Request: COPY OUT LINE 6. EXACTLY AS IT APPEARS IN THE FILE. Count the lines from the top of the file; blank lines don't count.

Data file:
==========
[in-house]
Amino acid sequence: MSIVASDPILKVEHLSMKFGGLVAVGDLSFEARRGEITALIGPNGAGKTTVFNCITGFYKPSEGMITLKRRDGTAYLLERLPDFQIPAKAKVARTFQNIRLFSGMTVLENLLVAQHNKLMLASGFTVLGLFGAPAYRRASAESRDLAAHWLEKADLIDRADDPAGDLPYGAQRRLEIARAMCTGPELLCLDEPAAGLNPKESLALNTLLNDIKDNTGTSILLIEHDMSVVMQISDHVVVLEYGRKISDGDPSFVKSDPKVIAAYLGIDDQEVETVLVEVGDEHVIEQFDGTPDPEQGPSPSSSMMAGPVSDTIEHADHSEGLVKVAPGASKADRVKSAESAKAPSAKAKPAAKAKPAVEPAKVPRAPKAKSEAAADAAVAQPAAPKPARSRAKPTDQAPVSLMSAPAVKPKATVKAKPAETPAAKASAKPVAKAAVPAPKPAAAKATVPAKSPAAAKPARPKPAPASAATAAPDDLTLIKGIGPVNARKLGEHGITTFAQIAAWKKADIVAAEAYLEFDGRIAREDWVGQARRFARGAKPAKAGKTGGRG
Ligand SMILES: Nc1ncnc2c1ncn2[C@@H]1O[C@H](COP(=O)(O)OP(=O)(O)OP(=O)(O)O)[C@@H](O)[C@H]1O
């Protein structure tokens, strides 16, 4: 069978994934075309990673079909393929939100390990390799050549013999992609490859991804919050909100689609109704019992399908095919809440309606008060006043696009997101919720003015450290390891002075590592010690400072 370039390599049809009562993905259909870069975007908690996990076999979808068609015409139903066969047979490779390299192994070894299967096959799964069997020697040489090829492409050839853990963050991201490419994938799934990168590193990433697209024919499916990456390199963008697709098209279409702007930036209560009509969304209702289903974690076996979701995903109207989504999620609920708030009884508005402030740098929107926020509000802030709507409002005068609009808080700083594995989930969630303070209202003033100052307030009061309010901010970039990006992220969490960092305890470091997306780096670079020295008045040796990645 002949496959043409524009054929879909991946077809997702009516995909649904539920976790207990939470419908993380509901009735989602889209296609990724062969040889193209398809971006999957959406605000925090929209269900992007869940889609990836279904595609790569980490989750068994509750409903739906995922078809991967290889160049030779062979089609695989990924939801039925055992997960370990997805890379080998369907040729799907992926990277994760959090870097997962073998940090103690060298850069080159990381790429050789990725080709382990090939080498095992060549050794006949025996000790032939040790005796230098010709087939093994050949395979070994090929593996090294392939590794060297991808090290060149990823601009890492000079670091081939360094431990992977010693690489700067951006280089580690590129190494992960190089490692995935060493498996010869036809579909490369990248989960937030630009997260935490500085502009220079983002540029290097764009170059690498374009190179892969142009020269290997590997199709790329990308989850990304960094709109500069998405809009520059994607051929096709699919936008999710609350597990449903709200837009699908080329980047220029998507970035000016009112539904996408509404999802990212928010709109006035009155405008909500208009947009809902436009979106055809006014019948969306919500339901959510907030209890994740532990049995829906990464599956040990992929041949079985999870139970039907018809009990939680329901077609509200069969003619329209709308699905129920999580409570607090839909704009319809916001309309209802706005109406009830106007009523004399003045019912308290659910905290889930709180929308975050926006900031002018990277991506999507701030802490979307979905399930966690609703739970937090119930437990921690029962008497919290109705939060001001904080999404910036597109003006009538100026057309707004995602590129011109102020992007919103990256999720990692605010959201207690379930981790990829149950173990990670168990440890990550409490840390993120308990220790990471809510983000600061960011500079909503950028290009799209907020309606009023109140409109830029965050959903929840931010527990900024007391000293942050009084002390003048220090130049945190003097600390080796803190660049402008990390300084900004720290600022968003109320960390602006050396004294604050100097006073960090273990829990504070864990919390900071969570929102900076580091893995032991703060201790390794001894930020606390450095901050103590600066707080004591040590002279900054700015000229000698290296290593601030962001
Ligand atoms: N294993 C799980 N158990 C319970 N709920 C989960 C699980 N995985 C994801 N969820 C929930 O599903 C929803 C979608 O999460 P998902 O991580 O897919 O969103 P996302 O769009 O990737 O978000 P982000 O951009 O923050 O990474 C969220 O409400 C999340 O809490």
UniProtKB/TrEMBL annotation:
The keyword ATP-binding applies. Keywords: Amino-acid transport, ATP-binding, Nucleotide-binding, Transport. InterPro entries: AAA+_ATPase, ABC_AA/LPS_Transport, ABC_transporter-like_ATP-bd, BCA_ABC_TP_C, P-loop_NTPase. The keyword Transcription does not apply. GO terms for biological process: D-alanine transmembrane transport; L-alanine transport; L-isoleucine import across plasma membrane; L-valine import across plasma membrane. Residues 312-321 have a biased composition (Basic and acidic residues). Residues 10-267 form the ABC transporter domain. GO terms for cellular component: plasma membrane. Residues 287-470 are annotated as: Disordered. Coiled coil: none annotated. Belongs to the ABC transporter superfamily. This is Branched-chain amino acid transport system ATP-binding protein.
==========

UniProtKB/TrEMBL annotation: